In the movie The Big Short, how does Dr. Burry buy credit default swaps?

In the beginning of the movie, Dr. Burry walks into the bank and wants to buy credit default swaps on the banks mortgage bonds. I'm trying to understand the process. Dr. Burry states he wants to purchase $100 million in default swaps at the first bank for example. I understood the transaction like this:

He pays $100 million up front for mortgage bonds, and has them insured by paying additional fees if the bonds increase in value over time.

I became confused with the process when Dr. Burry stated he wanted to buy "Credit Default Swaps on the Mortgage Bonds." Wouldn't he need to purchase ownership of the bonds before he could have them insured? Or do credit default swaps work in a way where you can bet against these bonds without having to take ownership of them and just pay the premium fees, which is whatever the bank charges?

Please explain Dr. Burry's $1.3 billion short position. Did he pay all of that at once, or is that the amount over time he'll pay on the premium fees? Or is it the amount he paid for the mortgage bonds all together, which doesn't count the premium fees that will be paid down the line?

Banking, Bonds / Fixed Income
Sort By:
Most Helpful
September 2017
100% of people found this answer helpful

The financial instrument he used is called a credit default swap.  The size of the short position you are referencing is called the notional value of the swap.  The reason he needed to speak to the bank up front about doing this transaction is that trading swaps requires an ISDA agreement, which is a document executed between a large bank and a hedge fund that wishes to speculate using complex financial instruments.

The way credit default swaps (CDS) trade is the following:  There is an effective life of the contract, usually around 5 years, over which the swap buyer pays a fixed premium every year to the swap seller.  The swap seller collects this premium free and clear if the underlying debt obligation does not default; however, in the event of a default, the buyer has the right to swap out defaulted bonds for the full original par value.  Like an insurance contract, the buyer is paying the premium for the possibility that the debt defaults, while the seller collects the premium and hopes nothing bad happens.

CDS is quoted in basis points per annum.  If a debt obligation is deemed very safe, the CDS on that debt obligation will trade at a low premium, i.e. not a high cost to protect against its default.  In 2005-2006, CDS were trading with very low premiums because of a perception that underlying debt obligations, such as mortgages, were very safe and unlikely to default.  Because of the low premium, a speculator who wanted to bet on a default could pay a small amount to make a huge multiple of his/her money.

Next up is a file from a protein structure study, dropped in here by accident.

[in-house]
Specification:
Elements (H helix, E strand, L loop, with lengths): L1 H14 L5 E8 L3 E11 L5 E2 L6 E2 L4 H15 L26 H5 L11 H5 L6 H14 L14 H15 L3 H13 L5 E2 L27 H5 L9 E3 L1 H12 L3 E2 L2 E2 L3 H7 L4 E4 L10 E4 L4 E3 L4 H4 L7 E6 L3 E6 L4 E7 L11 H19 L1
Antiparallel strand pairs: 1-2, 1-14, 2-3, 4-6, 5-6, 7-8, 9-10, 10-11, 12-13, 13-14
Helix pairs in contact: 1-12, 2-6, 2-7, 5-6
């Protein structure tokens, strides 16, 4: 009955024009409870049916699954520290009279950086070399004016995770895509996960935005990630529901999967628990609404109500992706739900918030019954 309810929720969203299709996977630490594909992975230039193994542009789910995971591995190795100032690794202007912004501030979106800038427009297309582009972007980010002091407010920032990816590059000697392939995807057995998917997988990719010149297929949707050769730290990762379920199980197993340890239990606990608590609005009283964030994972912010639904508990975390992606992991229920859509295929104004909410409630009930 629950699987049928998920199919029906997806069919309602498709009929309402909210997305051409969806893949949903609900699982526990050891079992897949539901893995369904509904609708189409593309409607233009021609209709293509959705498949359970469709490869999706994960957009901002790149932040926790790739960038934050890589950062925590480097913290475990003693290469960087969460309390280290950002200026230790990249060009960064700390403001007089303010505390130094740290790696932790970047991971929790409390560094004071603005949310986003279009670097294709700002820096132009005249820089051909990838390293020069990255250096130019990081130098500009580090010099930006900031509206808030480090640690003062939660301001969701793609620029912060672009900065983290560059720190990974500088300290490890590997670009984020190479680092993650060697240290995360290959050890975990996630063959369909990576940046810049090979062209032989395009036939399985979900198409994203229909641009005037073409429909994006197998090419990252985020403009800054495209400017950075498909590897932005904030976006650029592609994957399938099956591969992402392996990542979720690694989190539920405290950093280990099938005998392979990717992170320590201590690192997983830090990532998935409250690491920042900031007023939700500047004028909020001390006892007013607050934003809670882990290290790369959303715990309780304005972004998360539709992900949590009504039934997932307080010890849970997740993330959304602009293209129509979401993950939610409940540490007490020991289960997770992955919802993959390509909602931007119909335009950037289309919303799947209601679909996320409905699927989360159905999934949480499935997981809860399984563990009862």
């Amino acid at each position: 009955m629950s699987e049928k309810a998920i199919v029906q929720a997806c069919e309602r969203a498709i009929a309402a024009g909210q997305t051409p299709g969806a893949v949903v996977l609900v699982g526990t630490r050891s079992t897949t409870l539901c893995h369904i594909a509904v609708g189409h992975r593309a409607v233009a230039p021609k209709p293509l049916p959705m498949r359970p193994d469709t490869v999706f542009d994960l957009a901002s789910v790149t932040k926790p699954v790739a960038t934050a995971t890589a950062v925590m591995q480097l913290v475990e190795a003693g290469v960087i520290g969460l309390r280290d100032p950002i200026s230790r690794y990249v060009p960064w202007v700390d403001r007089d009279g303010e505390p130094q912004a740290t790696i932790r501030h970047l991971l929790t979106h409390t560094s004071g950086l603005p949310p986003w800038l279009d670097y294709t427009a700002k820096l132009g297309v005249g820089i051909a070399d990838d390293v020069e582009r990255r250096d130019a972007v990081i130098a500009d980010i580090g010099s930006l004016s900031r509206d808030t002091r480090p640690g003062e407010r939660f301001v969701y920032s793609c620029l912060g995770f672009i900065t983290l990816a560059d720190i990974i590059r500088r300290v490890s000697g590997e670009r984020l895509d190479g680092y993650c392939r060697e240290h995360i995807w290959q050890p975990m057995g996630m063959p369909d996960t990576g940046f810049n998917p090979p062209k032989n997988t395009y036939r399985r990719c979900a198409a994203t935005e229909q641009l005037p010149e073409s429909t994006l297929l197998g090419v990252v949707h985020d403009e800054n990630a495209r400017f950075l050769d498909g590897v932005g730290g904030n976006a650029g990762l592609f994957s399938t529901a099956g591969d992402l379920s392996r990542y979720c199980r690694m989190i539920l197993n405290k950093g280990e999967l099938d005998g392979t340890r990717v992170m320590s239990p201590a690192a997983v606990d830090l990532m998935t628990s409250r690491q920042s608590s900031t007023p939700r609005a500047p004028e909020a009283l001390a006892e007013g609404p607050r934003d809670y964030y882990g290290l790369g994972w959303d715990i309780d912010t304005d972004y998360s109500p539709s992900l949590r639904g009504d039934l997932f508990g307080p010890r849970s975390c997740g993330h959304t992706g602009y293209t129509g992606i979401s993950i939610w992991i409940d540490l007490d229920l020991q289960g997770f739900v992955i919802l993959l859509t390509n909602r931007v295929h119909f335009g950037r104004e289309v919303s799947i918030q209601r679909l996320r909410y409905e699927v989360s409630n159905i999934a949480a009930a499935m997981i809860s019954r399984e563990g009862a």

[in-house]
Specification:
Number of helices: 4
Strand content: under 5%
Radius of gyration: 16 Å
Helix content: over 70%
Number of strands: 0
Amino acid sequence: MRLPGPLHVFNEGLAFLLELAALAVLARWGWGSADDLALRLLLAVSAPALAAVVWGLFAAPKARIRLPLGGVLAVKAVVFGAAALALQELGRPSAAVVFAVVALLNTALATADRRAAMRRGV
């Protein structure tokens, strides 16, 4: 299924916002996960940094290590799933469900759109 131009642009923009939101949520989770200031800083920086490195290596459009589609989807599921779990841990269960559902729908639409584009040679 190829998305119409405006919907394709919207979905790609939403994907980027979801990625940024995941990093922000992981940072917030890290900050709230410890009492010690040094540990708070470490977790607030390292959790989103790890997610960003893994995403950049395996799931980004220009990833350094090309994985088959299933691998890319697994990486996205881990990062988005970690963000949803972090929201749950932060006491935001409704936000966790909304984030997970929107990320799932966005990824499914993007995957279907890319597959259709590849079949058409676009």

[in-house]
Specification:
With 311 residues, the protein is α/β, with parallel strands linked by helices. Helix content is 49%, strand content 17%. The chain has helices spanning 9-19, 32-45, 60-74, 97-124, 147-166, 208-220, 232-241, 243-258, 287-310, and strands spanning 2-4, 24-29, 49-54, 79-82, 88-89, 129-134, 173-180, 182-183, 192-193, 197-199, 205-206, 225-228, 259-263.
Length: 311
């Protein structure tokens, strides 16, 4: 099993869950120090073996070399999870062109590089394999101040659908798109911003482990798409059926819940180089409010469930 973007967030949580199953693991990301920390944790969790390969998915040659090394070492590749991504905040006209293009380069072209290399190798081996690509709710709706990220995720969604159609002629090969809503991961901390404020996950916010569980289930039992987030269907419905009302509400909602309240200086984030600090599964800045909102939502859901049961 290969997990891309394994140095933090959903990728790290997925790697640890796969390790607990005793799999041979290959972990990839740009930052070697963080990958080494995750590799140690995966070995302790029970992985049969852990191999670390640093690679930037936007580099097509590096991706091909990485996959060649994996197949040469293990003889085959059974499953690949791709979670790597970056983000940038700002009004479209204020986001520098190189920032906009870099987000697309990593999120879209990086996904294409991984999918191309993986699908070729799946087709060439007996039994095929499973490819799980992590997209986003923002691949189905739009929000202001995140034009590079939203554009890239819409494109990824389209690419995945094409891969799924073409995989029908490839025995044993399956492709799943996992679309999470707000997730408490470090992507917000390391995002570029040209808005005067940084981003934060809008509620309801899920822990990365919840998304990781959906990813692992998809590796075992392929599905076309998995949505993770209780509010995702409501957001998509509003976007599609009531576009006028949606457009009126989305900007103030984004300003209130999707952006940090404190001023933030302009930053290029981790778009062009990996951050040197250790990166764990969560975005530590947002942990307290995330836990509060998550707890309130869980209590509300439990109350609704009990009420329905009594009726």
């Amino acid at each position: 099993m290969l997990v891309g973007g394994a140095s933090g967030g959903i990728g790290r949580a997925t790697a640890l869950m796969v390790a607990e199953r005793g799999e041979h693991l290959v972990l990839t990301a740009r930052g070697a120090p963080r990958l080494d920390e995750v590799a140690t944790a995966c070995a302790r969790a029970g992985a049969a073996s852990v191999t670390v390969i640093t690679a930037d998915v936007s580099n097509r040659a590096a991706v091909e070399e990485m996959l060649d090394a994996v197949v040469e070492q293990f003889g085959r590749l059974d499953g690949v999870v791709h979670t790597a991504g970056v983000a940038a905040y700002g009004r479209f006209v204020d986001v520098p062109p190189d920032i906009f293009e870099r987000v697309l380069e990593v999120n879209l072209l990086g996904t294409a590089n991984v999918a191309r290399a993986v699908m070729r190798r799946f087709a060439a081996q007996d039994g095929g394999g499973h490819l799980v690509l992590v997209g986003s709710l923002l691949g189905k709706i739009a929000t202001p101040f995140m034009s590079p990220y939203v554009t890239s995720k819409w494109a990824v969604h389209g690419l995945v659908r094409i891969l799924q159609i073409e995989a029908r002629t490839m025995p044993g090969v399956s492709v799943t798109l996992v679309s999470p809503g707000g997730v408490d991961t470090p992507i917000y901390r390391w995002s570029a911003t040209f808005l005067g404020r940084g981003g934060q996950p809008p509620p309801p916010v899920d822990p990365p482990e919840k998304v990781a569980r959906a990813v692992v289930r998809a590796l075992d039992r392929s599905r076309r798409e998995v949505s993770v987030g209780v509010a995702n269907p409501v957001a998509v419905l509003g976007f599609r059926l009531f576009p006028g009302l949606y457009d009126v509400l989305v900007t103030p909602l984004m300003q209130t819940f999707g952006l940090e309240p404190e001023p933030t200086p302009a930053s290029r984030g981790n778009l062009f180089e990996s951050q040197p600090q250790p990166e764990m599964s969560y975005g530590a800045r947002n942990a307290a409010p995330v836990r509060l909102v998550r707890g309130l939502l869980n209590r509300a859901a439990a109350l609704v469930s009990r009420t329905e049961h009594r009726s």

Say Dr. Burry wanted to buy a CDS contract on a basket of mortgages.  And say the CDS contract was a 5-year, quoted at 50 basis points (0.50%).  And say Dr. Burry wanted to transact $100 million notional.  Every year for 5 years, Dr. Burry would be obligated to pay 0.50% of $100 million, i.e. $500k.  If nothing happened, the CDS seller would collect $2.5 million in total over the 5-year life.  But, if a default happened, and the bonds crashed to 10 cents on the dollar in a bankruptcy proceeding, Dr. Burry would be entitled to a windfall profit of $90 million:  $100mm * (100% - 10%), i.e. the notional value times the difference between par and the recovery.

The losses that Dr. Burry incurred initially were due to the fact that he was paying premium for these CDS contracts but no defaults were happening.  This can be very painful as a CDS buyer because you have to time it right to win.  If nothing had happened until after the life of the contract, or until he ran out of money to make the premium payments, he would have lost it all.  

So, if he had a $1.3 billion short position all in all, that was merely the notional value.  If the average price of the CDS were 100 basis points (1%), his annual premium obligation would have been around $13 million.  That is a lot of leverage - to control $1.3 billion of bonds in a bankruptcy with only $13 million in annual premium.  When the bonds went belly-up, he made a mint.

This is not something you can do in your brokerage account.  To reiterate, trading swaps with a bank like Goldman Sachs requires an ISDA agreement, which is typically only granted to institutions with at least a few hundred million dollars.  Hope this explanation helps.

September 2017